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Defamatory Statements Made to Bank Examiners Not Protected by Immunity
Description Court upheld jury verdict of defamation for a former bank employee who contended that the negative statements made about him by the bank president to bank examiners that appeared in the examiners' reports injured his ability to get work. Bank was not protected by qualified immunity that would have applied because the jury found there to be malice.
Topic Torts
Key Words Defamation, Immunity
C A S E   S U M M A R Y
Facts Gaia, who had worked at Rockwood Bank, sued for defamation, contending that statements made about him by the bank president to bank examiners injured his ability to obtain another job. The statements were contained in reports by the bank examiners that other banks could see. The jury awarded Gaia actual and punitive damages. The bank appealed, contending that communications between the bank and the examiners are protected by either absolute or qualified privilege that entitles the bank to immunity from liability.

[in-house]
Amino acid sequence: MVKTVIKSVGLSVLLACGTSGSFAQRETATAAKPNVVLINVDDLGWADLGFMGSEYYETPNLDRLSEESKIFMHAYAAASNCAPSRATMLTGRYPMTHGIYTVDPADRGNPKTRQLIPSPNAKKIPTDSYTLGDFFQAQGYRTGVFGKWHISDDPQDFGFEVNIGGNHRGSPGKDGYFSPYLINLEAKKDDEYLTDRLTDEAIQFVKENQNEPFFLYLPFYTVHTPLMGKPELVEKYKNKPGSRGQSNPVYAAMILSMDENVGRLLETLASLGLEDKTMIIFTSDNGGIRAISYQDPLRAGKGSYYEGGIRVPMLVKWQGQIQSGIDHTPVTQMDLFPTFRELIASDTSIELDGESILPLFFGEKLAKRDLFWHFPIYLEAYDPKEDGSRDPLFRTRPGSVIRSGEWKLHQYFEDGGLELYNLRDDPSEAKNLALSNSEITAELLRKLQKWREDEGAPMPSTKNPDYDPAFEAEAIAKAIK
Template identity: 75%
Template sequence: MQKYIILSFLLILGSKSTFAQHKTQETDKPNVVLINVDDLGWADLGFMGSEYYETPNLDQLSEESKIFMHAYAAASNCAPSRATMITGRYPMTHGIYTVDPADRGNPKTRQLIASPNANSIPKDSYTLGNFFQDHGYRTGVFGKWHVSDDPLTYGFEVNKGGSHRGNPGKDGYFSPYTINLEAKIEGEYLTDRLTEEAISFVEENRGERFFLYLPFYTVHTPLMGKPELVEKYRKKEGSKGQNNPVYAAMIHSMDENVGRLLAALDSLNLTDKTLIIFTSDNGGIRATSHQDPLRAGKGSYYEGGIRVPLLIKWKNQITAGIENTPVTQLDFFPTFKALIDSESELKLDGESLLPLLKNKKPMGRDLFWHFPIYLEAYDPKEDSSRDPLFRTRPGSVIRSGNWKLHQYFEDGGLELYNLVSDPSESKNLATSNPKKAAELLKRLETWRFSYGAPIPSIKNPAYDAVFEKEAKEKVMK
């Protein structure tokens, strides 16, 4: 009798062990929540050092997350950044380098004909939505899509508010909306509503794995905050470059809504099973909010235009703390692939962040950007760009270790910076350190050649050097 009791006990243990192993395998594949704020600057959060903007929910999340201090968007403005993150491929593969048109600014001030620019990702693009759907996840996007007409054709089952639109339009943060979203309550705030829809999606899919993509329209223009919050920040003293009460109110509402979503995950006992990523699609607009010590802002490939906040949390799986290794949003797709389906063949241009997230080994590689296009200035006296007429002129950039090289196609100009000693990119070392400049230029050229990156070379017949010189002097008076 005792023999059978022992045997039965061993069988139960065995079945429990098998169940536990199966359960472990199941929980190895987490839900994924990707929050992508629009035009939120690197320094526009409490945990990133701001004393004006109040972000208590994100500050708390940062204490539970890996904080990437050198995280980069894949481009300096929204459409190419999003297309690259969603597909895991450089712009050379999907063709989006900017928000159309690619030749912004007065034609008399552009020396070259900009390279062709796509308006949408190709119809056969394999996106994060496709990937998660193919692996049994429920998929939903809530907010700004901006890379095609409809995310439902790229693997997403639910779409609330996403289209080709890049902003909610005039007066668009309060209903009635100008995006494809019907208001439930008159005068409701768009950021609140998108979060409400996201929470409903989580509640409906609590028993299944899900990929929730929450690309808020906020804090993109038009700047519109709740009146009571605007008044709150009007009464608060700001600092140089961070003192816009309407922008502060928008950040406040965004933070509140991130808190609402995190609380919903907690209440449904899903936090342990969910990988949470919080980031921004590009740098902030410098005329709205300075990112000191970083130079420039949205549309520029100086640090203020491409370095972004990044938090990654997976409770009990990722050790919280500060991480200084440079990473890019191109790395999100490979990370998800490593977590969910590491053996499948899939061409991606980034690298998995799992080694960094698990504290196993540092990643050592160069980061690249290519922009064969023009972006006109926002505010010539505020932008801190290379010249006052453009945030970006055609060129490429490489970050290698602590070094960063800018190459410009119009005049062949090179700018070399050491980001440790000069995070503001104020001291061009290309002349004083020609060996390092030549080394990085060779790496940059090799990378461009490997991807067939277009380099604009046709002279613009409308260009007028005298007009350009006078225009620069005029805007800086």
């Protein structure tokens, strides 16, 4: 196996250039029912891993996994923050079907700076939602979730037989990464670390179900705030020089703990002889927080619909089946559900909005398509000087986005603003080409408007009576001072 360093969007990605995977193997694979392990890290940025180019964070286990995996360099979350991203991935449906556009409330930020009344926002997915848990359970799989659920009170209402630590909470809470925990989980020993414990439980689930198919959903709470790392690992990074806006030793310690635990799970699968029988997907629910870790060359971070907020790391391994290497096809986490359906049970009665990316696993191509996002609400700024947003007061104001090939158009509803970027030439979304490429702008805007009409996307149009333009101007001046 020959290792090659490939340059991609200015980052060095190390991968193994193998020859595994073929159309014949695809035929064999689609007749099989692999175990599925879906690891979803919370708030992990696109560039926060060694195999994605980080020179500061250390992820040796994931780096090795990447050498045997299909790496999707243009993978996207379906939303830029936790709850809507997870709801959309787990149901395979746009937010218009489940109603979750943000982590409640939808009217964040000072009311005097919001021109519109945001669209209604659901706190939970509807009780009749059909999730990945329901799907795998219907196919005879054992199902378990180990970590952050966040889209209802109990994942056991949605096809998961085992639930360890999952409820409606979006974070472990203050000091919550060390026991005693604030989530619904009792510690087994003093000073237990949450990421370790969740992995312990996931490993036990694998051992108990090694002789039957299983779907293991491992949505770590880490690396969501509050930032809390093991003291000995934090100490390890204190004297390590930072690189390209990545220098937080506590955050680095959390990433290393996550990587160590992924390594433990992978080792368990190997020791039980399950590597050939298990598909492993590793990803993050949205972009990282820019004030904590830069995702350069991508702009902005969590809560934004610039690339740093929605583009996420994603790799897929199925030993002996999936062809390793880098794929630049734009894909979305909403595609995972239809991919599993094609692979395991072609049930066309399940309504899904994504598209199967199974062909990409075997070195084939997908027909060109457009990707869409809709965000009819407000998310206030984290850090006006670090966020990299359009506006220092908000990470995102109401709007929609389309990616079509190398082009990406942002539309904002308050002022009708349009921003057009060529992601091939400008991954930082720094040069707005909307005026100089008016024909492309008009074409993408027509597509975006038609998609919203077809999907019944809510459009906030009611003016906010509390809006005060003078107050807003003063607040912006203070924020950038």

Decision Affirmed. Routine bank examinations are not judicial or quasi-judicial proceedings under Missouri law, so they are not due absolute immunity. "Qualified immunity will protect the person from liability for making false or defamatory statements if it can be shown that the comments were made without actual malice." That shield would have applied here, but the jury found malice on the part of the bank, so the qualified immunity was lost.
Citation Rockwood Bank v. Gaia, 170 F.3d 833 (8th Cir., 1999)

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